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Covid-19: Major Post-Treatment Gaps Worry Medics

Dr. William Worodria, who heads the Case Management Team on the National COVID-19 taskforce admitted at the beginning the people who were testing positive presented mild symptoms which is why things like rehabilitation were missed in the guidelines.

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Lack of any Ministry of Health (MOH) post-infection guidelines on managing people who have been treated for COVID-19 is baffling medical workers.

During a meeting with MOH officials, Dr. Elizabeth Kutamba, a pediatrician at Mulago hospital raised concerns of being unaware about any protocols put in place to rehabilitate children who are recovering from the virus, yet studies elsewhere have confirmed a heavy toll on survivors' organs like the lungs and the liver.

She said over 90 children have tested positive and have been enrolled into care but it is not clear what their treatment plan is while in hospital and the likely areas of follow up when they are finally discharged.

Another expert, a physiotherapist, Dr. Priscilla Kembabazi pointed out that less attention has been put on another critical area of physical rehabilitation that these people require.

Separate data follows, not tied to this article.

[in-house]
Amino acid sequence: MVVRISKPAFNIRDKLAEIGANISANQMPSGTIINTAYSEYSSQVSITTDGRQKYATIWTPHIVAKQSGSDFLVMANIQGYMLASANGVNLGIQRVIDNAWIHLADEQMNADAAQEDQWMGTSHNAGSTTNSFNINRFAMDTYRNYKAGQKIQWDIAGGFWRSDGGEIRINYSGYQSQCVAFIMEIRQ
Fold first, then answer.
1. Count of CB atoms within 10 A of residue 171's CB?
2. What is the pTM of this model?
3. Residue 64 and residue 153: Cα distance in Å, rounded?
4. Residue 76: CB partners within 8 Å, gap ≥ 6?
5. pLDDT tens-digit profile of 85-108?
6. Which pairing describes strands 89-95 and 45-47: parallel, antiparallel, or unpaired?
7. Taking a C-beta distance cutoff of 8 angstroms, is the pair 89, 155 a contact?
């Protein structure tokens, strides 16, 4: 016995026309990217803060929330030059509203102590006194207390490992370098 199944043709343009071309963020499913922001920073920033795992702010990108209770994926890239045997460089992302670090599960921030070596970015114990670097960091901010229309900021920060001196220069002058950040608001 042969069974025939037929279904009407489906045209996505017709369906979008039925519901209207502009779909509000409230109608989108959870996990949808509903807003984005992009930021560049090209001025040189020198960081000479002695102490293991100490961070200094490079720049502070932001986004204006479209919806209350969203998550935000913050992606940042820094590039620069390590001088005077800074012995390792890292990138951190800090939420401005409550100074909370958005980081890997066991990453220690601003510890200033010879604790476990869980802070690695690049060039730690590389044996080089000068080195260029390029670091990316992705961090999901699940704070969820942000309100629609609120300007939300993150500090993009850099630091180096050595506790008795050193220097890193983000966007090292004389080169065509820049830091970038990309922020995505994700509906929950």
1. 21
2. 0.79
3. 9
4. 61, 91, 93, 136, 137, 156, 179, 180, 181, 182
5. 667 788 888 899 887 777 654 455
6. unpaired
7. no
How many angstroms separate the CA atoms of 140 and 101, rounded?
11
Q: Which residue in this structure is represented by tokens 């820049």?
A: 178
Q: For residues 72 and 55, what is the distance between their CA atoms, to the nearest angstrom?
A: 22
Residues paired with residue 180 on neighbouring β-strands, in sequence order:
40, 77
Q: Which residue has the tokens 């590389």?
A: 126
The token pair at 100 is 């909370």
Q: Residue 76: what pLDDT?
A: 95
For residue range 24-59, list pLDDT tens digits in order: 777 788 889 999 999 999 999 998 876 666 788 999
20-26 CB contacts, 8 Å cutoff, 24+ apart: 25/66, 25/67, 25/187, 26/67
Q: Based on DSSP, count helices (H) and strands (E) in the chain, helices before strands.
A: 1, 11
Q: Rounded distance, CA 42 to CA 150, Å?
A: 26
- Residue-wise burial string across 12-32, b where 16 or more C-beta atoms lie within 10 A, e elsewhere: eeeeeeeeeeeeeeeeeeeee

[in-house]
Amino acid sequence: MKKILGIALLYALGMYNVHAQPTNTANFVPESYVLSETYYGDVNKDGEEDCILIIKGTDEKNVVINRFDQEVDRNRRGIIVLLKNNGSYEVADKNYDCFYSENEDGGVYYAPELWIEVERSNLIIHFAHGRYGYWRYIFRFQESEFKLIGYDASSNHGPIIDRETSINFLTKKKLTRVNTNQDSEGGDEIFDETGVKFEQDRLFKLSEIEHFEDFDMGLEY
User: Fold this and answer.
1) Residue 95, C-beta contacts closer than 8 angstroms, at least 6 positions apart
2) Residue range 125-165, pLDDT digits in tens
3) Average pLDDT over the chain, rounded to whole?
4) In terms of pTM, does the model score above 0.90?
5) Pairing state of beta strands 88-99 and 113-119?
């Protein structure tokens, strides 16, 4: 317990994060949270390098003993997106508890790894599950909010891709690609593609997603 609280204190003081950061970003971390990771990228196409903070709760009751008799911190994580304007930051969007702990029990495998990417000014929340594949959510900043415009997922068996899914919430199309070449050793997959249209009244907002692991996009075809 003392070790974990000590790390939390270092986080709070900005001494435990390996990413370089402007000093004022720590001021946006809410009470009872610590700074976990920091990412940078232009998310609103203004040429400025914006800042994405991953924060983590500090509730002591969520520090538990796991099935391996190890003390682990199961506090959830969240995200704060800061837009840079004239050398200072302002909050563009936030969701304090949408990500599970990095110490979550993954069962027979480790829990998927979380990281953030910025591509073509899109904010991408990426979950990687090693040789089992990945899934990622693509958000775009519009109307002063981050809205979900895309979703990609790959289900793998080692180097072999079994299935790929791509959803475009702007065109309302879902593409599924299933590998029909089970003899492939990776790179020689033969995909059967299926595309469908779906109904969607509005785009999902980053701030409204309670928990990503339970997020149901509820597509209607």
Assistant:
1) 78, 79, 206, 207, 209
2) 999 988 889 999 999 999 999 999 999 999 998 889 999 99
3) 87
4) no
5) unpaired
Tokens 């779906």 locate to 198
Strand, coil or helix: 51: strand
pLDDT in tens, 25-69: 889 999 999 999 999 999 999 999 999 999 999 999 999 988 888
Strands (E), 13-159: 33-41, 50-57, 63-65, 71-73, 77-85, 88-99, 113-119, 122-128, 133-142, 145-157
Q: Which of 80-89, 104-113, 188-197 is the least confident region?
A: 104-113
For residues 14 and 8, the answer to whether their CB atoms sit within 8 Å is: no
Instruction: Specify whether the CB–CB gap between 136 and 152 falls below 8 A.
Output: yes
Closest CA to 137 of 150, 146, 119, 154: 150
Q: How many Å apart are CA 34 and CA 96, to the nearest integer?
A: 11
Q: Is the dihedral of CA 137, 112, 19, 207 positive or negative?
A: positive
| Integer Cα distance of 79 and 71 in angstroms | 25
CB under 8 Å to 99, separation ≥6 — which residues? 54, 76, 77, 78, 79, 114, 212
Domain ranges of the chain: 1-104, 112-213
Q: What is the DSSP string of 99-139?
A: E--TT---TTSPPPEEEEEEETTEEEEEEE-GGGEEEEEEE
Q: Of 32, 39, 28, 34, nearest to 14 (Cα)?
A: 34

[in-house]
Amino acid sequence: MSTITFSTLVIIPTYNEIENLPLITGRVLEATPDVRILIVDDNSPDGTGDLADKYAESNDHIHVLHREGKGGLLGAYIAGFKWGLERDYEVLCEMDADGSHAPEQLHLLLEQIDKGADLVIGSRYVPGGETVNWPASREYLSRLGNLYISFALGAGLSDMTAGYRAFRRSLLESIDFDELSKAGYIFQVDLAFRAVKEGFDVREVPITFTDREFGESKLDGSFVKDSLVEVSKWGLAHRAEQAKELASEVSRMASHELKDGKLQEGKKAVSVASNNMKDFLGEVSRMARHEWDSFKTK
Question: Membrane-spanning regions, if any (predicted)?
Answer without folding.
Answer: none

Responding to these concerns, Dr. William Worodria who heads the Case Management Team on the National COVID-19 taskforce admitted that at the beginning the people who were testing positive presented mild symptoms which is why things like rehabilitation were missed in the guidelines.

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Now, as the pandemic progress and more people are presenting with serious disease, Worodria says they are alerting health workers to start flagging those that might need long term follow-up.

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On his part, Dr. Charles Olaro, the Director Clinical Services in the MOH says they have come up with a tracking mechanism which is being implemented by Makerere University to establish the quality of life of people who recover from the disease.

So far, of the 5,123 people confirmed to be positive in Uganda, 2,333 have  recovered but according to Olaro, they are not yet aware of what complications that they may present with in future.

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  However, experts are already experimenting with other exiting mechanisms used in treatment of other disease like HIV and tuberculosis (TB)  to see whether the same mechanism can be employed in COVID-19.

For instance, in an earlier interview, Dr. Bruce Kirenga who heads the Makerere University Lung Institute said they have a planned low cost intervention with predictions of having to handle cases of lung damage in the near future that may include scarring, fibrosis and inability to do certain activities due to chest pain. 

The intervention, called pulmonary rehabilitation which also helps people battling Post – TB complications, will involve using patient –tailored therapies which may include carefully selected exercises, behavioral change approaches and nutrition.

For now however, Olaro says that they are not yet clear on exact complications that people will present with.  

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